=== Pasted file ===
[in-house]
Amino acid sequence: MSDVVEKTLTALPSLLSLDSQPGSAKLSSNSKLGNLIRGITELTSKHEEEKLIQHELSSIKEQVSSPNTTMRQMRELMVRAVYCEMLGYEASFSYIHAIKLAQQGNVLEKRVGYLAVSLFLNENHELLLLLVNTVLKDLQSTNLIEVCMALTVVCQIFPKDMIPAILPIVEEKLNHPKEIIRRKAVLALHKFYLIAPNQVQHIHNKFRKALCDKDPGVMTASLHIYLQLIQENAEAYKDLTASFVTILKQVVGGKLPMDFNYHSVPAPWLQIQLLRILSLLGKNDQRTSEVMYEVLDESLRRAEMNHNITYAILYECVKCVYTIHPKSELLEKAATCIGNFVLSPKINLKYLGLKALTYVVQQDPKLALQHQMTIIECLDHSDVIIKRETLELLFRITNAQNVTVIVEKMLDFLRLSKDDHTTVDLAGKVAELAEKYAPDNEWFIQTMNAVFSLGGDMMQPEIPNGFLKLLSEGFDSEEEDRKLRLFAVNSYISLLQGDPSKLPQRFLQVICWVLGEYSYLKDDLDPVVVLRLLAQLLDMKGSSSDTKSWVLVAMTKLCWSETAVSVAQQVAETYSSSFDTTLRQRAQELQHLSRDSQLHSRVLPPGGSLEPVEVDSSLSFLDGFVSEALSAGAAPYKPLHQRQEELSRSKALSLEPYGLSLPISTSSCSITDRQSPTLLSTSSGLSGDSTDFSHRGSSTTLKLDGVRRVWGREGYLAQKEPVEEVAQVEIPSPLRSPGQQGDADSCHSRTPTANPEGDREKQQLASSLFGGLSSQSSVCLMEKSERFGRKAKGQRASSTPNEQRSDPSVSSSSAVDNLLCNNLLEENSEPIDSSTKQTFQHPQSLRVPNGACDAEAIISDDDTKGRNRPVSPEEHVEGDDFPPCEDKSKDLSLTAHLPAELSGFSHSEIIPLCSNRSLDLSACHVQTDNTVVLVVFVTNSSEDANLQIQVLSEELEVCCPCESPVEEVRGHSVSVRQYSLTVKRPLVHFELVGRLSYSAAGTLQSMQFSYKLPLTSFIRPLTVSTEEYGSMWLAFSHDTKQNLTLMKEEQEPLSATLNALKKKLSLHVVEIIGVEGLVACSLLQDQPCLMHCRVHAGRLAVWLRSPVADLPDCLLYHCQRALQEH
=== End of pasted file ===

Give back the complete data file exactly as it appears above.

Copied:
[in-house]
Amino acid sequence: MSDVVEKTLTALPSLLSLDSQPGSAKLSSNSKLGNLIRGITELTSKHEEEKLIQHELSSIKEQVSSPNTTMRQMRELMVRAVYCEMLGYEASFSYIHAIKLAQQGNVLEKRVGYLAVSLFLNENHELLLLLVNTVLKDLQSTNLIEVCMALTVVCQIFPKDMIPAILPIVEEKLNHPKEIIRRKAVLALHKFYLIAPNQVQHIHNKFRKALCDKDPGVMTASLHIYLQLIQENAEAYKDLTASFVTILKQVVGGKLPMDFNYHSVPAPWLQIQLLRILSLLGKNDQRTSEVMYEVLDESLRRAEMNHNITYAILYECVKCVYTIHPKSELLEKAATCIGNFVLSPKINLKYLGLKALTYVVQQDPKLALQHQMTIIECLDHSDVIIKRETLELLFRITNAQNVTVIVEKMLDFLRLSKDDHTTVDLAGKVAELAEKYAPDNEWFIQTMNAVFSLGGDMMQPEIPNGFLKLLSEGFDSEEEDRKLRLFAVNSYISLLQGDPSKLPQRFLQVICWVLGEYSYLKDDLDPVVVLRLLAQLLDMKGSSSDTKSWVLVAMTKLCWSETAVSVAQQVAETYSSSFDTTLRQRAQELQHLSRDSQLHSRVLPPGGSLEPVEVDSSLSFLDGFVSEALSAGAAPYKPLHQRQEELSRSKALSLEPYGLSLPISTSSCSITDRQSPTLLSTSSGLSGDSTDFSHRGSSTTLKLDGVRRVWGREGYLAQKEPVEEVAQVEIPSPLRSPGQQGDADSCHSRTPTANPEGDREKQQLASSLFGGLSSQSSVCLMEKSERFGRKAKGQRASSTPNEQRSDPSVSSSSAVDNLLCNNLLEENSEPIDSSTKQTFQHPQSLRVPNGACDAEAIISDDDTKGRNRPVSPEEHVEGDDFPPCEDKSKDLSLTAHLPAELSGFSHSEIIPLCSNRSLDLSACHVQTDNTVVLVVFVTNSSEDANLQIQVLSEELEVCCPCESPVEEVRGHSVSVRQYSLTVKRPLVHFELVGRLSYSAAGTLQSMQFSYKLPLTSFIRPLTVSTEEYGSMWLAFSHDTKQNLTLMKEEQEPLSATLNALKKKLSLHVVEIIGVEGLVACSLLQDQPCLMHCRVHAGRLAVWLRSPVADLPDCLLYHCQRALQEH